By Tony Wittkowski | Business Reporter | The Herald-Palladium
BRIDGMAN — If the powers that be have their way, the D.C. Cook Nuclear Plant has the potential to renew its license well past 2034.
Joel Gebbie, senior vice president and chief nuclear officer for Cook, said during an interview Tuesday with The Herald-Palladium’s editorial board it is one of the 60-70 percent of existing nuclear power plants to be viable candidates for an extension.
However, another extension would depend on its parent company – American Electric Power.
“We would like to make our decision within the next five years or so,” Gebbie said Tuesday. “It’s a long planning horizon that you want to undertake. Just to be clear, AEP is not committed to that, but that’s what it would take to do that. That’s an ongoing discussion I’m having with the people back in Columbus,” AEP’s home.
Gebbie said if AEP committed to applying for another extension, it would take another 30 months for the Nuclear Regulatory Commission to review and approve the application.
This is the same NRC that signed license renewals for Cook plant’s Units 1 and 2 in 2005, extending the life of both units for an additional 20 years. With the renewals, Unit 1 is licensed until Oct. 25, 2034, and Unit 2 is licensed until Dec. 23, 2037.
Preparations for that license renewal process began in 2001, where the application was eventually submitted to the NRC in late 2003.
“So much has changed in 10 years, it will be hard to project what happens in 20 years. But (the extension) is very feasible,” Gebbie said. “We are part of the industry group that’s looking at the technical considerations for it. There’s a financial piece and the optics to consider as well.”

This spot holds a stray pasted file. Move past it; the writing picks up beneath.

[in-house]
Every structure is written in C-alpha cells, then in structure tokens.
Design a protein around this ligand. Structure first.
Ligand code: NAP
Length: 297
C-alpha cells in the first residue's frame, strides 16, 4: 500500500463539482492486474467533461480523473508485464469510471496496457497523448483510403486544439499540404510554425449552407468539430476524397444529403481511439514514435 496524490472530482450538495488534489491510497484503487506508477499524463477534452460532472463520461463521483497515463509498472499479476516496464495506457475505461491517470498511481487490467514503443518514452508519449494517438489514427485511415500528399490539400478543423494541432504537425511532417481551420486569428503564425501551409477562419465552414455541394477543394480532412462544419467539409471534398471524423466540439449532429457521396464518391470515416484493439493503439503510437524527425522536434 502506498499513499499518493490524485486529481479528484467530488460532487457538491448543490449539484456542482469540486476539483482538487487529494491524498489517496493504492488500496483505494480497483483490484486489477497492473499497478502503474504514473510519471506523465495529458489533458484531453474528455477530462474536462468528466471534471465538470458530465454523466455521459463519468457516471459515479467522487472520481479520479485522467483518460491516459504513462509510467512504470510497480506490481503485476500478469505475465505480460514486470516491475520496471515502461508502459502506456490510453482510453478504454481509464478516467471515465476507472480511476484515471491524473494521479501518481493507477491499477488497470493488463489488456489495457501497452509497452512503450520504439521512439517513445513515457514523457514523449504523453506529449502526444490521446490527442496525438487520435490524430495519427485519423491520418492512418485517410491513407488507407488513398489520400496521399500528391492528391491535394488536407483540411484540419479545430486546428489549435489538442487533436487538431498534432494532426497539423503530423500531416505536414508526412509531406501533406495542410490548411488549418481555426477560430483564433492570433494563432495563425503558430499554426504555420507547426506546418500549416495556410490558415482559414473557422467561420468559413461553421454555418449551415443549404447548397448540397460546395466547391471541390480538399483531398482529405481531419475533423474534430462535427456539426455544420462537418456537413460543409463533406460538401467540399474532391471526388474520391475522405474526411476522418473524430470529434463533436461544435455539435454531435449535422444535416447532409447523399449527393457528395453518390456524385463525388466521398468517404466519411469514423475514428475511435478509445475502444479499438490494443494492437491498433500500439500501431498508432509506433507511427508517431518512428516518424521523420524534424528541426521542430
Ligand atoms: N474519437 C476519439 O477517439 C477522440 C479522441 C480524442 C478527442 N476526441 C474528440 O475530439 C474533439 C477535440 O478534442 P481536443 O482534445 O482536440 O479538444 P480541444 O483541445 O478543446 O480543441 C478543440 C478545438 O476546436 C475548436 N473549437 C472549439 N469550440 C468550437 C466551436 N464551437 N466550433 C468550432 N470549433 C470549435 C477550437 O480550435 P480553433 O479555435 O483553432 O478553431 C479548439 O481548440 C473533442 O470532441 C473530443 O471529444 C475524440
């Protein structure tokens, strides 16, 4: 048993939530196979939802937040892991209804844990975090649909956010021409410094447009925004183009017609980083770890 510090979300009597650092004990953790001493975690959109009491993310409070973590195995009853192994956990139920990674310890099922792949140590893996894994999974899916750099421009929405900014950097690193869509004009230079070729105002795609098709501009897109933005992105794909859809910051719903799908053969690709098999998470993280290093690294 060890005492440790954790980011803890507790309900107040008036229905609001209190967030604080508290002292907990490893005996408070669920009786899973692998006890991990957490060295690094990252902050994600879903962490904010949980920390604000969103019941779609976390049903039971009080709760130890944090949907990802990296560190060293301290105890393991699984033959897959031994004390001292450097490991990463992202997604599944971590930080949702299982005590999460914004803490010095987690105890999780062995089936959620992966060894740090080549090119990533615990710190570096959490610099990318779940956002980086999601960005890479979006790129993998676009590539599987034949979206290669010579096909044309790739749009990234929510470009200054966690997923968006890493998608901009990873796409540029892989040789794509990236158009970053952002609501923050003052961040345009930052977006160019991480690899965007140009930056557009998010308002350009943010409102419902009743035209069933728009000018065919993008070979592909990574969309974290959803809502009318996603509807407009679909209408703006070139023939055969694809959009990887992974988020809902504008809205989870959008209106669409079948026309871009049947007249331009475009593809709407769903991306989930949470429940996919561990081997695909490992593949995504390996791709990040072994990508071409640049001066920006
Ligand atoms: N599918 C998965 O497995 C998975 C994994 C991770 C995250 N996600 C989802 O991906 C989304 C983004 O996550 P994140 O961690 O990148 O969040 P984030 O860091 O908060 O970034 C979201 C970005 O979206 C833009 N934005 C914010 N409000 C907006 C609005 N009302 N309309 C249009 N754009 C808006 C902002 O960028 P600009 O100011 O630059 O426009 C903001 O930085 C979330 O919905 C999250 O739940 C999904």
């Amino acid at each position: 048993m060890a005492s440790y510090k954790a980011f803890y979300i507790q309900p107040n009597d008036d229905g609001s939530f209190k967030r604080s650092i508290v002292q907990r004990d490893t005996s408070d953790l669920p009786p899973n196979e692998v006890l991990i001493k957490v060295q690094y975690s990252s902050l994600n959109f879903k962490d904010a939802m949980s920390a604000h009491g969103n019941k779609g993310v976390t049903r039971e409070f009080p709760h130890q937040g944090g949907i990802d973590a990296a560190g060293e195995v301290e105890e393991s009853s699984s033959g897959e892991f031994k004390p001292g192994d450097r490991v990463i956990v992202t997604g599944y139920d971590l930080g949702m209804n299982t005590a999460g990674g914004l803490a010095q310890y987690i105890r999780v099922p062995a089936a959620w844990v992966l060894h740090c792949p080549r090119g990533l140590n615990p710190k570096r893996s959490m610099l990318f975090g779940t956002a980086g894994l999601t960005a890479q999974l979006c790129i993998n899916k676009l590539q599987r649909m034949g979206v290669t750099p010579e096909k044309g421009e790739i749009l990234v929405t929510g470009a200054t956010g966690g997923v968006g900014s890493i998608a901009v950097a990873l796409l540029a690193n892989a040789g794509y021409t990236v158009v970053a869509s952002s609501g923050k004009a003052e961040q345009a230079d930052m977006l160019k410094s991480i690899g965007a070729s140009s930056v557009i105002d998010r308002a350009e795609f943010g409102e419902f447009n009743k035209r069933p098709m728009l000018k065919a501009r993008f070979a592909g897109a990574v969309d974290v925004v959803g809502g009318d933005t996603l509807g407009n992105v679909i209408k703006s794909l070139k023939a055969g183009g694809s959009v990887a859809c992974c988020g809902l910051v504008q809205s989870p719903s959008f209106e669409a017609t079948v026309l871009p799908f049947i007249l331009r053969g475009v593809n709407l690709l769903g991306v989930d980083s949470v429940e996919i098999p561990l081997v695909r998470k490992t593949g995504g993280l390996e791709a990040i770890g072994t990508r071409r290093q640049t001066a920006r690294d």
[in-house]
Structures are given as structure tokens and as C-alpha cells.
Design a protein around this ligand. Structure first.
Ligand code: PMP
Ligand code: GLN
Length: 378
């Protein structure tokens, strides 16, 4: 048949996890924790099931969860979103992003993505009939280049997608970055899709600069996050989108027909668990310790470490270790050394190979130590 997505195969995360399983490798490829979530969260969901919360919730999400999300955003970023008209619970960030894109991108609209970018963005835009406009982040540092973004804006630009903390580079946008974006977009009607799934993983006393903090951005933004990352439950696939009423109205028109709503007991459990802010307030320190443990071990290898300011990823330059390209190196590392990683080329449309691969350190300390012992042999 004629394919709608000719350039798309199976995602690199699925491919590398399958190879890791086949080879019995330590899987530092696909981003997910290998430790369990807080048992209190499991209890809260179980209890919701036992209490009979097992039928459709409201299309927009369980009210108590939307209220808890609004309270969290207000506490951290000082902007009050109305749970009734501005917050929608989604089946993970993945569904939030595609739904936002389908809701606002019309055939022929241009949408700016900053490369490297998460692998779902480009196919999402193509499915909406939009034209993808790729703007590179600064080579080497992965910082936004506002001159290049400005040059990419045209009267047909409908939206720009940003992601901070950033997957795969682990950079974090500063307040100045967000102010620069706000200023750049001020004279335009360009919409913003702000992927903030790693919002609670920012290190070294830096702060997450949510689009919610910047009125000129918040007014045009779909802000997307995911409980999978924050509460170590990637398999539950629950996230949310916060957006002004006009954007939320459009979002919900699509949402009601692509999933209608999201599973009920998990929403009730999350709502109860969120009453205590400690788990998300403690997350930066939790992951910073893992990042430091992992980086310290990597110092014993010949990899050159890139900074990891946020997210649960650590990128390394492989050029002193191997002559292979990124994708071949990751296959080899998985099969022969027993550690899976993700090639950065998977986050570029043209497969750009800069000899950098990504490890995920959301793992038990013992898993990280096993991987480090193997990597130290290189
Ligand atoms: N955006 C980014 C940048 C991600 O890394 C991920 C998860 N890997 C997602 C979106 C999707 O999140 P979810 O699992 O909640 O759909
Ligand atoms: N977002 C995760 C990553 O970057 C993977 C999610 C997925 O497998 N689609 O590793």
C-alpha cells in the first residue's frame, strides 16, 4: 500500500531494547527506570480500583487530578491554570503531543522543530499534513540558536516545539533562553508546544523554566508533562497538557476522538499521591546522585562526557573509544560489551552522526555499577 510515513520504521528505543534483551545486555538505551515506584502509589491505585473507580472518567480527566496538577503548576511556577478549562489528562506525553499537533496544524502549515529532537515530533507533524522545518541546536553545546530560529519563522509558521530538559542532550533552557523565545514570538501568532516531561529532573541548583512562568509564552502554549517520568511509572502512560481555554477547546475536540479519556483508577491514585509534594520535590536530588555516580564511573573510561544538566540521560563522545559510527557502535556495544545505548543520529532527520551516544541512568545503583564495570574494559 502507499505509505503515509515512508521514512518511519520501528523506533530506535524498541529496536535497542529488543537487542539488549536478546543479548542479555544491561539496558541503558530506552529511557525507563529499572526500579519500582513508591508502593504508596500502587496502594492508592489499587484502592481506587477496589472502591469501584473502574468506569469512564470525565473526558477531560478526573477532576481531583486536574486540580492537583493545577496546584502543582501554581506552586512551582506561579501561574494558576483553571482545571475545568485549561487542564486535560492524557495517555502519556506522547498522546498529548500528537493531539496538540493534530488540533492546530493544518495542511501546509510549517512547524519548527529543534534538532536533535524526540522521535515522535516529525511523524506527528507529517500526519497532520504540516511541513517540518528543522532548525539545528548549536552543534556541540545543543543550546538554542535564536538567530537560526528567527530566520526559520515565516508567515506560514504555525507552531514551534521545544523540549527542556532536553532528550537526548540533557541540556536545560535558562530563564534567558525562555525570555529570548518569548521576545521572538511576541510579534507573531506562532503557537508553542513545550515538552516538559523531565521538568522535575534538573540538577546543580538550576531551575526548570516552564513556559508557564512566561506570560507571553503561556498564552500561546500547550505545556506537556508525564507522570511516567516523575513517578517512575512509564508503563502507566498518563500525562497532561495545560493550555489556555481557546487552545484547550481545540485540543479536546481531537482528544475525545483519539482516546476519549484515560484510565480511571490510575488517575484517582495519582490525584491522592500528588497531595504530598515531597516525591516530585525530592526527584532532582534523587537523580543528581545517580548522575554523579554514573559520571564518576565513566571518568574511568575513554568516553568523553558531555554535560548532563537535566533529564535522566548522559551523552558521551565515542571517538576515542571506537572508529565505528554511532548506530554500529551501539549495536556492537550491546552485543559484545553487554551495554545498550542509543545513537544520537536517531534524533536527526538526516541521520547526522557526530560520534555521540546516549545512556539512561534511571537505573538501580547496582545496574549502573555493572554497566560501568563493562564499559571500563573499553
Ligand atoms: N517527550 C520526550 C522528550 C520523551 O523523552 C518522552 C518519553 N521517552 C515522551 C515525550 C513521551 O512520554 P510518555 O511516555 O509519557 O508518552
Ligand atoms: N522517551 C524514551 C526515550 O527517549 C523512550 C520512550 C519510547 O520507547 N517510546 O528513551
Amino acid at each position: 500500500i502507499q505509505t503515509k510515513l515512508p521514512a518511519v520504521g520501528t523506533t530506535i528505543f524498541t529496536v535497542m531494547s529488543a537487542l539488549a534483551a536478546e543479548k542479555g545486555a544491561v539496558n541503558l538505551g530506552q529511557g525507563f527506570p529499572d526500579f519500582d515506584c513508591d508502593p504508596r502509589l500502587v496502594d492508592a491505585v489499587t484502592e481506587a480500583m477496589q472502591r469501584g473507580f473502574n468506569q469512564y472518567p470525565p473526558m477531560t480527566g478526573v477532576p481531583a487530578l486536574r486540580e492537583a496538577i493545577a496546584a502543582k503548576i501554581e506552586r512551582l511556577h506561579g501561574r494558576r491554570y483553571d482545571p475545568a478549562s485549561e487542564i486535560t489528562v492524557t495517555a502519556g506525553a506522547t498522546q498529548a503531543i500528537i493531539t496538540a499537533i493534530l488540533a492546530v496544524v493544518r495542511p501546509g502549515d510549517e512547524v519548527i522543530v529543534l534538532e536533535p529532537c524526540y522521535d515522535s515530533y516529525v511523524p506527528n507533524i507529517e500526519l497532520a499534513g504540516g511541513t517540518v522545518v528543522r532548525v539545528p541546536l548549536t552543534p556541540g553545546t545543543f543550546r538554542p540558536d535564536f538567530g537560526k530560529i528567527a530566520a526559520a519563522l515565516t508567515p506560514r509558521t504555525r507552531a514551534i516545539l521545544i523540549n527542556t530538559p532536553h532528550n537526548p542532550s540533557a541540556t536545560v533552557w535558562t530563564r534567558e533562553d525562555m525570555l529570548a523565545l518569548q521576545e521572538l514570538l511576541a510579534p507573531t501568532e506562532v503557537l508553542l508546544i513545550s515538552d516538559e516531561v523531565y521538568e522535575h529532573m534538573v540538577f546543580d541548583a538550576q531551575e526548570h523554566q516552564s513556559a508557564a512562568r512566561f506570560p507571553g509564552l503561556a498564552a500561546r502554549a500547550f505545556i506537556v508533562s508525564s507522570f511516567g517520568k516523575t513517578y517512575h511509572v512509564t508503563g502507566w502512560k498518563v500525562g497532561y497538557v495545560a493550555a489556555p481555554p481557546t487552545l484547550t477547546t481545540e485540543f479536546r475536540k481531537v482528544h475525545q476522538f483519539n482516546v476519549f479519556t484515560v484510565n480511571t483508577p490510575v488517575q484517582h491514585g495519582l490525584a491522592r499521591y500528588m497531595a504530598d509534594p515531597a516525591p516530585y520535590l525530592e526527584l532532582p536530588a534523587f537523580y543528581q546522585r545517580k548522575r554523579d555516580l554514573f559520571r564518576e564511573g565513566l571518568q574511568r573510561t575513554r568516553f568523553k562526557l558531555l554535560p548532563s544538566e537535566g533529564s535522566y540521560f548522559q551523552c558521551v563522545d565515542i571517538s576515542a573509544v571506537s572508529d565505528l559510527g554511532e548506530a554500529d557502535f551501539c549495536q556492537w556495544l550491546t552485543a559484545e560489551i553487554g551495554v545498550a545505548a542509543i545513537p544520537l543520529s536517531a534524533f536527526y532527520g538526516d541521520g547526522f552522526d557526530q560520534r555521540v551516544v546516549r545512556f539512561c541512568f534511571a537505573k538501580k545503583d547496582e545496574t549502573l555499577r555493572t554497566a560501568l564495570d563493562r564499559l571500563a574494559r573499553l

Plant spokesman Bill Schalk said AEP’s decision would have to come down to whether an extension is cost effective for an additional 20 years.
Trump’s plans for energy
Gebbie also addressed the changing landscape that Cook plant faces with a new-look Environmental Protection Agency under President Donald Trump’s administration.
“As an industry, we’ve tried to read the tea leaves from those close to (Trump). Right now it’s unclear,” Gebbie said. “They’ve made very definitive statements about the coal industry. But I do know they like the fact that the nuclear industry creates jobs.”
While Trump’s administration hasn’t given nuclear industry leaders a signal as to whether they want more or less nuclear power, Gebbie said they think the new administration hasn’t gotten to that form of energy yet.
After the president gets through a Supreme Court justice nomination, Gebbie said they’ll look closer to see whether they will signal their intentions for more nuclear power.
Revamping a visitors center
A lot of work has been done to Cook’s visitors center from 2014 to 2015.
After the Sept. 11 attacks, Schalk said the plant limited its access to school groups. Even then, it was only a couple thousand students a year.
“We put about $1 million into the building and are getting more use out of it internally,” Schalk said. “We’ve been bringing folks in, for like key stakeholder tours. A security plan realignment might get some folks up there.”
Gebbie said among the good things about the visitors center is how close it is to the plant. However, because of security reasons, that’s a negative as well.
In an effort to give the community more access and make it easier for workers to get in and out, Gebbie said the plant is making some physical modifications to its security plan.
“We recognize people want to come and see the plant,” Gebbie said. “Of all the plants I’ve been to, this was the best visitors center I had ever seen. It was right on the lake and so close to the plant. We’d like to have it more for general community access, but we’ll never be like we were before (Sept. 11).”
(Author’s Note: This article was originally published on Jan. 25, 2017)